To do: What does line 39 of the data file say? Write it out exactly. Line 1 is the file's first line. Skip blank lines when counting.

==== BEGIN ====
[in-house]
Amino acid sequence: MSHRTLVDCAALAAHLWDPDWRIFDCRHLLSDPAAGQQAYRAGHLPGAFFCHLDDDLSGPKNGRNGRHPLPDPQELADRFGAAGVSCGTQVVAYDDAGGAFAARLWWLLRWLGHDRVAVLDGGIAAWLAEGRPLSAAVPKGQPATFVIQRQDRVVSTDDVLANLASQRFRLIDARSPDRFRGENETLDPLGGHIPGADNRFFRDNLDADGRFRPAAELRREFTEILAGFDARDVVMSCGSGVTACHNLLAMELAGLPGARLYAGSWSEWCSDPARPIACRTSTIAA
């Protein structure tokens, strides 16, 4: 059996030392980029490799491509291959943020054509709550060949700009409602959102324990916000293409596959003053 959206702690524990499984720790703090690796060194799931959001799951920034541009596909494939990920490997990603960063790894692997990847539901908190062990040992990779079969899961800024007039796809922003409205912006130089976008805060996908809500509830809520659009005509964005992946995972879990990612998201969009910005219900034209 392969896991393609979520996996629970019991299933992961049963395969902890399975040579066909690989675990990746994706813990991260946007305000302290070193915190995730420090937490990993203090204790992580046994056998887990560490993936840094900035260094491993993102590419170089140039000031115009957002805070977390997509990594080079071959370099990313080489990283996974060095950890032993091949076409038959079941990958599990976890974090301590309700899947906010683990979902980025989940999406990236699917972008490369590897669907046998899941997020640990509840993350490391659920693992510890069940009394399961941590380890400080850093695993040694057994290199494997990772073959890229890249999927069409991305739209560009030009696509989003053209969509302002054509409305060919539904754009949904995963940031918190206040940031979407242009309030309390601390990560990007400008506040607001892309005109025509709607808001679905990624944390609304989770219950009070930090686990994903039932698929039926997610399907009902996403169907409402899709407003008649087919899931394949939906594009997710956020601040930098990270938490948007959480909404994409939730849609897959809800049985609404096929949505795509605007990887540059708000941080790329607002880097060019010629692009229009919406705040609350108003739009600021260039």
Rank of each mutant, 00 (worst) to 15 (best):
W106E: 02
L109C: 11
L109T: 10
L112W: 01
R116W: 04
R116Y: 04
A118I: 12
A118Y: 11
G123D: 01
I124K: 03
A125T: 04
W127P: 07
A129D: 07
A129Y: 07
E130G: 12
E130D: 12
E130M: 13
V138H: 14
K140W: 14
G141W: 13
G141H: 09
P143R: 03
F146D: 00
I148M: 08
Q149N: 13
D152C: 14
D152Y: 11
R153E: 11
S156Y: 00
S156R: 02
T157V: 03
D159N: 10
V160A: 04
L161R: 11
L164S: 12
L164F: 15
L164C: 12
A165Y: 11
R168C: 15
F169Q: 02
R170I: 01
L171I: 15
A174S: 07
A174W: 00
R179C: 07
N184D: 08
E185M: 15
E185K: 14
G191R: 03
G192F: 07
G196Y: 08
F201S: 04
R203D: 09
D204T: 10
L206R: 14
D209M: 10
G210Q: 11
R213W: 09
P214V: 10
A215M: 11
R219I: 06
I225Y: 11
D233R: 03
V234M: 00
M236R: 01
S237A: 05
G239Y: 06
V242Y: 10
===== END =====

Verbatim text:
L164S: 12